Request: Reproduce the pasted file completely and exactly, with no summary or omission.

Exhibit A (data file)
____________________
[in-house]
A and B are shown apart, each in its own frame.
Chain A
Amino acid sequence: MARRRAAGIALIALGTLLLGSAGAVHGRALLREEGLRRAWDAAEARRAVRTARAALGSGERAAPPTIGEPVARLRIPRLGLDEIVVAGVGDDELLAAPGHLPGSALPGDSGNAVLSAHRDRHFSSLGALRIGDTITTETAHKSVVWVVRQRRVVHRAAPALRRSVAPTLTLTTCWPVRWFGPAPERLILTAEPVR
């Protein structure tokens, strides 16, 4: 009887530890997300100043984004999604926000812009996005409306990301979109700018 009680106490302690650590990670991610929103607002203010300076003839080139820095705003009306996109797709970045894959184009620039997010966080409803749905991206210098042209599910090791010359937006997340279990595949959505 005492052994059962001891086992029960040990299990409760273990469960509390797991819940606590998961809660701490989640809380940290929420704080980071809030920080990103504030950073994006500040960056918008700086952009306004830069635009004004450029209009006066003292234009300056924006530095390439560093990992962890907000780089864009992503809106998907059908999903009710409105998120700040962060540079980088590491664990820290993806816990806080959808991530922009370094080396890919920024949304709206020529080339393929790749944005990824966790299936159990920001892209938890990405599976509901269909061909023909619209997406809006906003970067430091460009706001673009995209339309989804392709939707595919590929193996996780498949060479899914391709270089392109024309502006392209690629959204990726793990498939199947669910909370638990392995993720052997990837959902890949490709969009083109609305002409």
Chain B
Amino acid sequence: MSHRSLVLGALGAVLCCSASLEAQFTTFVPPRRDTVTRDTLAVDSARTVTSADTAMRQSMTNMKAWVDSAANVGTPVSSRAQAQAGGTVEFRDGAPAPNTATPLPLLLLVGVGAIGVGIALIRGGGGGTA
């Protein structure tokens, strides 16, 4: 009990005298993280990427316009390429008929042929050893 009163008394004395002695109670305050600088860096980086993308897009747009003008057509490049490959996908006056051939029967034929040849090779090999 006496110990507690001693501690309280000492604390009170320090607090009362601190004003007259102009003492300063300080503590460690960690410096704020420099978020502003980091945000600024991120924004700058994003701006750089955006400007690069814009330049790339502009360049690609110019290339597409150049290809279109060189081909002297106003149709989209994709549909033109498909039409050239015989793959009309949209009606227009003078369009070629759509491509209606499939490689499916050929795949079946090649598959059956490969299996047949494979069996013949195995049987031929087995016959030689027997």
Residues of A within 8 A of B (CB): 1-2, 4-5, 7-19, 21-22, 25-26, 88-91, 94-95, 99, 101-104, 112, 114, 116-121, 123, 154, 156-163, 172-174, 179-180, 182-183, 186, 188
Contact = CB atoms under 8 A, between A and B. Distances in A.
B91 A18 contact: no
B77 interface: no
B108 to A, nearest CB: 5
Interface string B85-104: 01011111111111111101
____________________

[in-house]
A and B are shown apart, each in its own frame.
Chain A
Amino acid sequence: MARRRAAGIALIALGTLLLGSAGAVHGRALLREEGLRRAWDAAEARRAVRTARAALGSGERAAPPTIGEPVARLRIPRLGLDEIVVAGVGDDELLAAPGHLPGSALPGDSGNAVLSAHRDRHFSSLGALRIGDTITTETAHKSVVWVVRQRRVVHRAAPALRRSVAPTLTLTTCWPVRWFGPAPERLILTAEPVR
């Protein structure tokens, strides 16, 4: 009887530890997300100043984004999604926000812009996005409306990301979109700018 009680106490302690650590990670991610929103607002203010300076003839080139820095705003009306996109797709970045894959184009620039997010966080409803749905991206210098042209599910090791010359937006997340279990595949959505 005492052994059962001891086992029960040990299990409760273990469960509390797991819940606590998961809660701490989640809380940290929420704080980071809030920080990103504030950073994006500040960056918008700086952009306004830069635009004004450029209009006066003292234009300056924006530095390439560093990992962890907000780089864009992503809106998907059908999903009710409105998120700040962060540079980088590491664990820290993806816990806080959808991530922009370094080396890919920024949304709206020529080339393929790749944005990824966790299936159990920001892209938890990405599976509901269909061909023909619209997406809006906003970067430091460009706001673009995209339309989804392709939707595919590929193996996780498949060479899914391709270089392109024309502006392209690629959204990726793990498939199947669910909370638990392995993720052997990837959902890949490709969009083109609305002409």
Chain B
Amino acid sequence: MSHRSLVLGALGAVLCCSASLEAQFTTFVPPRRDTVTRDTLAVDSARTVTSADTAMRQSMTNMKAWVDSAANVGTPVSSRAQAQAGGTVEFRDGAPAPNTATPLPLLLLVGVGAIGVGIALIRGGGGGTA
């Protein structure tokens, strides 16, 4: 009990005298993280990427316009390429008929042929050893 009163008394004395002695109670305050600088860096980086993308897009747009003008057509490049490959996908006056051939029967034929040849090779090999 006496110990507690001693501690309280000492604390009170320090607090009362601190004003007259102009003492300063300080503590460690960690410096704020420099978020502003980091945000600024991120924004700058994003701006750089955006400007690069814009330049790339502009360049690609110019290339597409150049290809279109060189081909002297106003149709989209994709549909033109498909039409050239015989793959009309949209009606227009003078369009070629759509491509209606499939490689499916050929795949079946090649598959059956490969299996047949494979069996013949195995049987031929087995016959030689027997």
Residues of A within 8 A of B (CB): 1-2, 4-5, 7-19, 21-22, 25-26, 88-91, 94-95, 99, 101-104, 112, 114, 116-121, 123, 154, 156-163, 172-174, 179-180, 182-183, 186, 188
Contact = CB atoms under 8 A, between A and B. Distances in A.
B91 A18 contact: no
B77 interface: no
B108 to A, nearest CB: 5
Interface string B85-104: 01011111111111111101